Game Review: The Wizards beat the Sixers Monday, but the Sixers really lost to themselves
The Sixers’ structural issues contributed heavily to their downfall
Joel Embiid appeared visibly upset every time he took to the court Jan. 17 at Capital One Arena.
Putting up 32 points in 29 minutes in the Sixers’ 98-117 blowout loss to the Wizards, Embiid accounted for 33 percent of the Sixers’ total points, nine made on free throws. Tyrese Maxey, the Sixers’ second leading scorer, with 18 points in 33 minutes, put up about 18 percent of the Sixers’ total points.
The next leading scorer was Seth Curry with 8 points in 33 minutes. Every starting Sixer, including Furkan Korkmaz with 6 points and Tobias Harris with 7, had a plus/minus in the negative double-digits. No matter how hard they tried, Embiid and Maxey’s attempts to carry their team were in vain.
Coached by backup assistant coach Joseph Blair, as both Wes Unseld Jr. and Pat Delany found themselves in coronavirus-related health and safety protocols, the Wizards had a more even spread of points per player.
Montrezl Harrell led D.C.’s scoring with 18 points, followed by Kyle Kuzma and Thomas Bryant with 15 each. Kentavious Caldwell-Pope and Bradley Beal followed with 14 and 13 points respectively. Every rotational Wizards player sustained a plus/minus healthily in the positive.
Oddly enough, the Sixers’ stats nearly mirrored the Wizards’. Both teams had 12 turnovers each, and the Sixers had 42 total rebounds while the Wizards had 49. The Sixers even led in a few stats, including offensive rebounds and steals. On paper, this game doesn’t look like a blowout statistically. So, what happened?
The blowout score of this game wasn’t an exceptional win on the Wizards’ part, but rather, a structural failure by Philadelphia. This game alone proves that when one Sixer goes down, the rest fall apart. By the end of the game, despite being within a ten-point deficit, Doc Rivers pulled his starters and put in Charlie Brown Jr., Paul Reed and Myles Powell, all on two-way contracts with Philadelphia’s G League associate, the Delaware Blue Coats, alongside Maxey and Charles Bassey.
“All of them played better than our guys,” Rivers said in a postgame press conference. “It was just one of those nights. I thought we got outplayed in every phase of the game.”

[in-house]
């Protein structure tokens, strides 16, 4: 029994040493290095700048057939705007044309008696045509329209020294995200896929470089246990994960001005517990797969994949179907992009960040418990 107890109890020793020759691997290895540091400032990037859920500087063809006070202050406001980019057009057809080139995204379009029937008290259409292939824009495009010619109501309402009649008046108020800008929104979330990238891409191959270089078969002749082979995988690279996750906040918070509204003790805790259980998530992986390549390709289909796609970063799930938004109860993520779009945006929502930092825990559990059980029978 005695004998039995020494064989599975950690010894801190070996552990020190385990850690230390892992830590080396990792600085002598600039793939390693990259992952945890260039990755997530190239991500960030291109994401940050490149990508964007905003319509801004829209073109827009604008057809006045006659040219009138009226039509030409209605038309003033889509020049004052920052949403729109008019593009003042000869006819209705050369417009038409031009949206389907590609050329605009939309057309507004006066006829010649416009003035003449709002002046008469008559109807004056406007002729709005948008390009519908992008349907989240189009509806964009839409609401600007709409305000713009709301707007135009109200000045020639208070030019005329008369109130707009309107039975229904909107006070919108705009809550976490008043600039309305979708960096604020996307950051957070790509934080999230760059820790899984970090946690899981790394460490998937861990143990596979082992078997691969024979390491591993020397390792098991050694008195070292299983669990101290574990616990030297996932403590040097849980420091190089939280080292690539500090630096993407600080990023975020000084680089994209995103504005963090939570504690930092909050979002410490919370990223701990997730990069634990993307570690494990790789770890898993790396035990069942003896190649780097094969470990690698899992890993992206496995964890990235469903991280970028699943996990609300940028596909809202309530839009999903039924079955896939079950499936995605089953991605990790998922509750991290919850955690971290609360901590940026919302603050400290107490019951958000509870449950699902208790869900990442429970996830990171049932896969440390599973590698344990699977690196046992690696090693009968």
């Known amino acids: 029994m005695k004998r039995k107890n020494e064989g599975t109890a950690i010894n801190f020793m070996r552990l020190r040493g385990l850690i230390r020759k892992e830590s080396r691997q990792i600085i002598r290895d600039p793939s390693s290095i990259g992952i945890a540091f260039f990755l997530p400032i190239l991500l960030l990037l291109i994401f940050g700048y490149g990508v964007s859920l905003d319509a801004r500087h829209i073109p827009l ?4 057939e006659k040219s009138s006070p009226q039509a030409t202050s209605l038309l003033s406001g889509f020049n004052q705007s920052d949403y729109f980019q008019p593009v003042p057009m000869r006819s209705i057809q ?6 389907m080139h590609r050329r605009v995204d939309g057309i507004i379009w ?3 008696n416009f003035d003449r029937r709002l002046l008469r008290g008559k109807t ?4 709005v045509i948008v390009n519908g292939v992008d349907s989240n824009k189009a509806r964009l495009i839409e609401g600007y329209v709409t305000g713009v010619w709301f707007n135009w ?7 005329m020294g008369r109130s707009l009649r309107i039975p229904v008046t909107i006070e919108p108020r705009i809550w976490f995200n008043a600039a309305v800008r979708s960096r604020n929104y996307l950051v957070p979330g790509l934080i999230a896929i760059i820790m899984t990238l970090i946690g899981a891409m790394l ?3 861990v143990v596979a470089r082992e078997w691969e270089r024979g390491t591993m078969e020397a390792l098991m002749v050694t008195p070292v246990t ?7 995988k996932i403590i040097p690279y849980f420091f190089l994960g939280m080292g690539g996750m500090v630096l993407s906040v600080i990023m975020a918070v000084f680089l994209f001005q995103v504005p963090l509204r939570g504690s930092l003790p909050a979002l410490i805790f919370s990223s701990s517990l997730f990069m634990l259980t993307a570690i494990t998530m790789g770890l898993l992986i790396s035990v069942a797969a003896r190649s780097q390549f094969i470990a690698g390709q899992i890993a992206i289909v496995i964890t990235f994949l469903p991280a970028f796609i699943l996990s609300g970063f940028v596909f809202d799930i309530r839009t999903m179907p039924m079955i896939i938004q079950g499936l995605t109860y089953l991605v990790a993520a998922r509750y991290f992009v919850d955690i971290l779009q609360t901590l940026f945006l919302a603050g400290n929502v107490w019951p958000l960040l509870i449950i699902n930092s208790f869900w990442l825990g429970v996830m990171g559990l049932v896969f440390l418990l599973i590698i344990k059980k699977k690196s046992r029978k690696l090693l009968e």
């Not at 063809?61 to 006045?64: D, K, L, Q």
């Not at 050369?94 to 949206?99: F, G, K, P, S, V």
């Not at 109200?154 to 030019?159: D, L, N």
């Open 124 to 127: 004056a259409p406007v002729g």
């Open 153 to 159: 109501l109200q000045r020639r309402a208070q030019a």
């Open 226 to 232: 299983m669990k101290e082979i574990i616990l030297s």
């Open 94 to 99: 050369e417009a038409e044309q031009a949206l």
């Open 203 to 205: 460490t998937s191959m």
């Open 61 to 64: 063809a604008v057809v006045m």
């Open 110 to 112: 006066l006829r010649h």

The Sixers’ loss on Monday was an example of their internal problems
Less than a year ago, the Sixers were a team full of optimism. They finished the shortened 2020-21 regular season ranked 1st in the Eastern Conference with a record of 49-23. After years of debating whether Embiid or Ben Simmons would be the better player to keep around in the long run and repeatedly trading away role players in failed hopes of finding a third star, the Sixers’ structural tensions hit a breaking point after a game 7 loss to the Atlanta Hawks in the second round of the playoffs.
Simmons decided not to take an open layup, choosing to pass the ball to a confused Harris instead. The mistake cost the Sixers not only the game, but their season.
Simmons spent the summer ducking his teammates’ attempts to reconnect, skipped media day and has not played a single game this season. According to Sportrac, a website that tracks statistics across sports leagues, Simmons is being fined over $360,000 per missed game, and has racked in over $13 million in fines since the start of the 2021-22 season. Despite many opportunities to trade the most-fined NBA player of all time, Sixers President of Basketball Operations Daryl Morey hasn’t taken up a single offer.
Rumors about a trade for Damian Lillard came and went. A trade for Russell Westbrook was immediately shut down by the Sixers’ front office. Morey turned down a package of Jerami Grant, Kelly Olynyk and promising sophomore Saddiq Bey Jan. 18. Most recently, Morey appeared disinterested in a Kings package of Buddy Hield, Harrison Barnes and Tyrese Haliburton for Simmons, Harris and Matisse Thybulle.
It’s not Embiid’s fault that the Sixers failed on Monday. The problem with the Sixers goes beyond irresponsible in-game choices, bad coaching decisions and injured players. As with Bryan Colangelo and Elton Brand before him, the Sixers’ future is in the hands of Daryl Morey. With Embiid in his prime and playing better than ever, dropping 50 points in 27 minutes on Jan. 19, Morey’s changes to the roster would be appreciated by the 76ers big man sooner rather than later.